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McAdoo to council: Open with an invocation

Council considers prayer at start of meetings

John McAdoo thinks it’s past time the Estacada City Council returned to hearing a religious invocation before meetings.

“It’s all about traditional American history,” he said. “(When) our governing bodies started, they believed in an all powerful deity, the creator of the heavens and Earth, they believed in that and they believed that God of the universe should be involved in all phases of governing.”

McAdoo, who sits on the board of directors for Estacada Rural Fire District 69 and is the volunteer coordinator for the Estacada Community Center, appeared before the council Monday, Oct. 27, to ask that the practice be resumed.

McAdoo cited the May 2014 U.S. Supreme Court decision, Greece vs. Galloway, which upheld prayers prior to public meetings.

In an informational packet, McAdoo included emails in which Estacada Fire Chief Bob Morrisey asked Attorney John S. Watts whether including an invocation at the start of each board meeting was legal.

“If the board decides to precede each meeting with an invocation, this would not be a violation of Oregon or federal law,” Watts responded.

Watts wrote that Greece vs. Galloway allowed for prayers before public meetings so long as the prayer was “solemn and respectful,” precedes the business portion of the meeting and does not “proselytize, discriminate or coerce for or against any particular faith.”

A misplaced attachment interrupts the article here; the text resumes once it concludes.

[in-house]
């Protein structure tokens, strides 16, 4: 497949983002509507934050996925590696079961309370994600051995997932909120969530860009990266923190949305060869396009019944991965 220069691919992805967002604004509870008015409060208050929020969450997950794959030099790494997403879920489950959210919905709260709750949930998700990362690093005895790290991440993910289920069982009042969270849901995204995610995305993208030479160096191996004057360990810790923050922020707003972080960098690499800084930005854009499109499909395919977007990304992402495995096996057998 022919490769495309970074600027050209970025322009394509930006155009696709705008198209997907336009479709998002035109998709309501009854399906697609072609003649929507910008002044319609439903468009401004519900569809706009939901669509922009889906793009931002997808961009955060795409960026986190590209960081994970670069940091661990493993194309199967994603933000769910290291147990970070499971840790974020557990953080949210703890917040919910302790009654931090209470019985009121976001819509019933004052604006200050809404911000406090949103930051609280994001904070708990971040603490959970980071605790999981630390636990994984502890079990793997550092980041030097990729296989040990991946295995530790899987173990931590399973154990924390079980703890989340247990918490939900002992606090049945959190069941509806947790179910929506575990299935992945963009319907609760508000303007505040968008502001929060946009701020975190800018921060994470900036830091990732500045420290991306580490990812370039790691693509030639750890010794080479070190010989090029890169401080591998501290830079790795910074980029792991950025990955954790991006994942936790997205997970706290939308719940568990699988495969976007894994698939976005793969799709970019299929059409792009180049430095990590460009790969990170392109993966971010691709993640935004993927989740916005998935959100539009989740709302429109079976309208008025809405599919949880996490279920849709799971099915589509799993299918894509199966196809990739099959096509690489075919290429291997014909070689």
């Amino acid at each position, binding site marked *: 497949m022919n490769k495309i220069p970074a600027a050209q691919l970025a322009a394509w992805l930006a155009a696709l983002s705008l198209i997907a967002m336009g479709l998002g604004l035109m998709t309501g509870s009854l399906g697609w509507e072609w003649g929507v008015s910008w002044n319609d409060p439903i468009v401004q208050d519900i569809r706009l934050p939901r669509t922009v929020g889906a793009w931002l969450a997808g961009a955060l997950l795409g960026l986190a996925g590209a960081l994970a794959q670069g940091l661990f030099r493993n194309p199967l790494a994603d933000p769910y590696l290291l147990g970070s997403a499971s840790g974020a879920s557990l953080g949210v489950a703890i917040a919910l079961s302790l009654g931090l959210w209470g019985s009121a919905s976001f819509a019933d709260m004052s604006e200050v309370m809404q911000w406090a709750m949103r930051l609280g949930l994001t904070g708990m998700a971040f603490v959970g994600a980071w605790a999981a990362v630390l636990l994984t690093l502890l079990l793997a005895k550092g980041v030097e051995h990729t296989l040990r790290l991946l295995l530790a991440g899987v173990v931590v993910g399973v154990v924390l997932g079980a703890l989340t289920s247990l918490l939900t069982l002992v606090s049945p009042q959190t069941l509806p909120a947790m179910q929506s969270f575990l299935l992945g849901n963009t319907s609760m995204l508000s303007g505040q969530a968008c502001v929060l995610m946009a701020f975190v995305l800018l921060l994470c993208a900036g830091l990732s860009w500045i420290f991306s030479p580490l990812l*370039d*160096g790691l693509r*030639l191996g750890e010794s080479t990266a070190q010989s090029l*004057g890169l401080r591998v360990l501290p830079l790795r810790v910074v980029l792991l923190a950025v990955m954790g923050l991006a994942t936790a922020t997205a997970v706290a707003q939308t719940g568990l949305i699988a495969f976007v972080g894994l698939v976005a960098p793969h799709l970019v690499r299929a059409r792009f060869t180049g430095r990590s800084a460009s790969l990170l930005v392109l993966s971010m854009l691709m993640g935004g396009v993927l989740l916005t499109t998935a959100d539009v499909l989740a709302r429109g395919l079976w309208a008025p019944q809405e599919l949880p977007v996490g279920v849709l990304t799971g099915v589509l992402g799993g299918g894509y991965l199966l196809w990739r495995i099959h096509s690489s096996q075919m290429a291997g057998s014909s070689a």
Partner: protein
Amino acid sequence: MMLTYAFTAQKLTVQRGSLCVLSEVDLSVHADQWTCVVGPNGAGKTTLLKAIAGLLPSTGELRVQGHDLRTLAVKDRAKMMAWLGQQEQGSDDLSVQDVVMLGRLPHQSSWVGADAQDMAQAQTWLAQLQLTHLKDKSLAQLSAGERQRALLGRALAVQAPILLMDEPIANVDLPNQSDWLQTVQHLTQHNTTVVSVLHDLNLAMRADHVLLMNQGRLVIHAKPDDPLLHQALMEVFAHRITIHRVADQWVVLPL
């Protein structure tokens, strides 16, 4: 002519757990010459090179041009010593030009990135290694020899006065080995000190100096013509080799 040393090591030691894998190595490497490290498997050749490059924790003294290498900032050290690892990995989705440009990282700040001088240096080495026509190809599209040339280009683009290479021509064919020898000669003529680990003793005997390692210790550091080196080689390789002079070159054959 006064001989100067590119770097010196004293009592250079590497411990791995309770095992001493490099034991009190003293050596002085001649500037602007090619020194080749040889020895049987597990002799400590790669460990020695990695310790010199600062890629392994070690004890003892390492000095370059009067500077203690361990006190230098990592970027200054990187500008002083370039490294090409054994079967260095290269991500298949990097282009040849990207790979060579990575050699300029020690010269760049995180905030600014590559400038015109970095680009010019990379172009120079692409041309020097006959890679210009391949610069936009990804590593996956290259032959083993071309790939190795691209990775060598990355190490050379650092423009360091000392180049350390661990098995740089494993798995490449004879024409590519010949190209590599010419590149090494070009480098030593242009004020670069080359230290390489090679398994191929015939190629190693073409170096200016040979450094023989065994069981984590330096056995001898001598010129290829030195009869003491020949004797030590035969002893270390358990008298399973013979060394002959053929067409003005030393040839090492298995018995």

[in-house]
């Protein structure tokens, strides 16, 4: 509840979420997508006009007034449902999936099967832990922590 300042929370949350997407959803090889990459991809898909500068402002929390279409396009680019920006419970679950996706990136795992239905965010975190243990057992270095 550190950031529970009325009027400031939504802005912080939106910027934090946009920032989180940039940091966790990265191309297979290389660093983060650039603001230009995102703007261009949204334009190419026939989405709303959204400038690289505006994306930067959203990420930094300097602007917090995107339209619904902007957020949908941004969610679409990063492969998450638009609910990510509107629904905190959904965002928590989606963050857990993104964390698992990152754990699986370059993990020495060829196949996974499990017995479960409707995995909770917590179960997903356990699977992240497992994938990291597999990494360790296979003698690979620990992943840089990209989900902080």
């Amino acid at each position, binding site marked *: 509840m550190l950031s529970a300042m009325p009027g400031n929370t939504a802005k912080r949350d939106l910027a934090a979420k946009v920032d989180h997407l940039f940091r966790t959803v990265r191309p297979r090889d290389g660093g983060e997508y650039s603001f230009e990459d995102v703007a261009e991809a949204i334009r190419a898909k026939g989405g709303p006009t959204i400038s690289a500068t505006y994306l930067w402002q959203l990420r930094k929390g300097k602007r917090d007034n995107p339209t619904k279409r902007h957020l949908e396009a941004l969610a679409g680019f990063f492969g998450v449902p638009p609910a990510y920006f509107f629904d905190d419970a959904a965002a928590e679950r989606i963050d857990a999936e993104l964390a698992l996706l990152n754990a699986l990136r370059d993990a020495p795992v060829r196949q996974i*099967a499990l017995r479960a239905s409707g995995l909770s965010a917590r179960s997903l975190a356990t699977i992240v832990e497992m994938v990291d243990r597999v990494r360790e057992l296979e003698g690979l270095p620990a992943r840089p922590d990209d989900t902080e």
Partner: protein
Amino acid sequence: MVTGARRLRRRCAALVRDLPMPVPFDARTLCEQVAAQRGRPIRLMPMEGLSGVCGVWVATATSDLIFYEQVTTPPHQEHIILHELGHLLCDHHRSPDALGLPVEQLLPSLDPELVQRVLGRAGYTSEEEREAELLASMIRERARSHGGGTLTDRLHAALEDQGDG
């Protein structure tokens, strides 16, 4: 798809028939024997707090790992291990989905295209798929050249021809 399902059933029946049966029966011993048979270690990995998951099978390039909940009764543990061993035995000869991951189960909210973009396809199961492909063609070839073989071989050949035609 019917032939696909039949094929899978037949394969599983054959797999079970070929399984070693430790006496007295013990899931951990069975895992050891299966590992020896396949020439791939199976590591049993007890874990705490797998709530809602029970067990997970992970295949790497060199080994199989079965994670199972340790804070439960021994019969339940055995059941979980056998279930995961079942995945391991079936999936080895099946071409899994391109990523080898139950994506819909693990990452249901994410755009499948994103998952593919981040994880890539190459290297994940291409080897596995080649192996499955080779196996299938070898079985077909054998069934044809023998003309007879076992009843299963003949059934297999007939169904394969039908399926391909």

McAdoo told the council an invocation would not amount to proselytizing.

“If you have an invocation, you’re not saying that invocation out here,” McAdoo said gesturing toward the audience in the council chambers. “You’re holding that invocation amongst your people here on the council. And you’re asking God, creator of the universe, for guidance, direction, maybe blessings on the community or on the United States, and that’s all you’re doing. You’re not preaching to the audience.”

McAdoo told the council the Estacada Fire Board of Directors recently started having an invocation on the agenda after the Pledge of Allegiance.

The Fire Board voted for the invocation in August, and has had it on the agenda since September.

A department chaplain or member of the board will give the invocation, or one won’t be given at all if no one feels comfortable, McAdoo said.

McAdoo later said that while the decision to put an invocation on the Estacada Fire Board of Directors' agenda passed with a 4-1 vote, he hadn’t heard any negative feedback from the public unti he'd brought the issue to the City Council.

McAdoo said he became aware that his request had created a flurry of response on social media, especially after TV news picked it up.

“I wasn’t trying to cause any controversy,” he said.

McAdoo said he has received more positive than negative feedback about the suggestion so far.

History of invocations in Estacada

McAdoo reminded the council that for a long time, an invocation was said at the start of Estacada City Council meetings.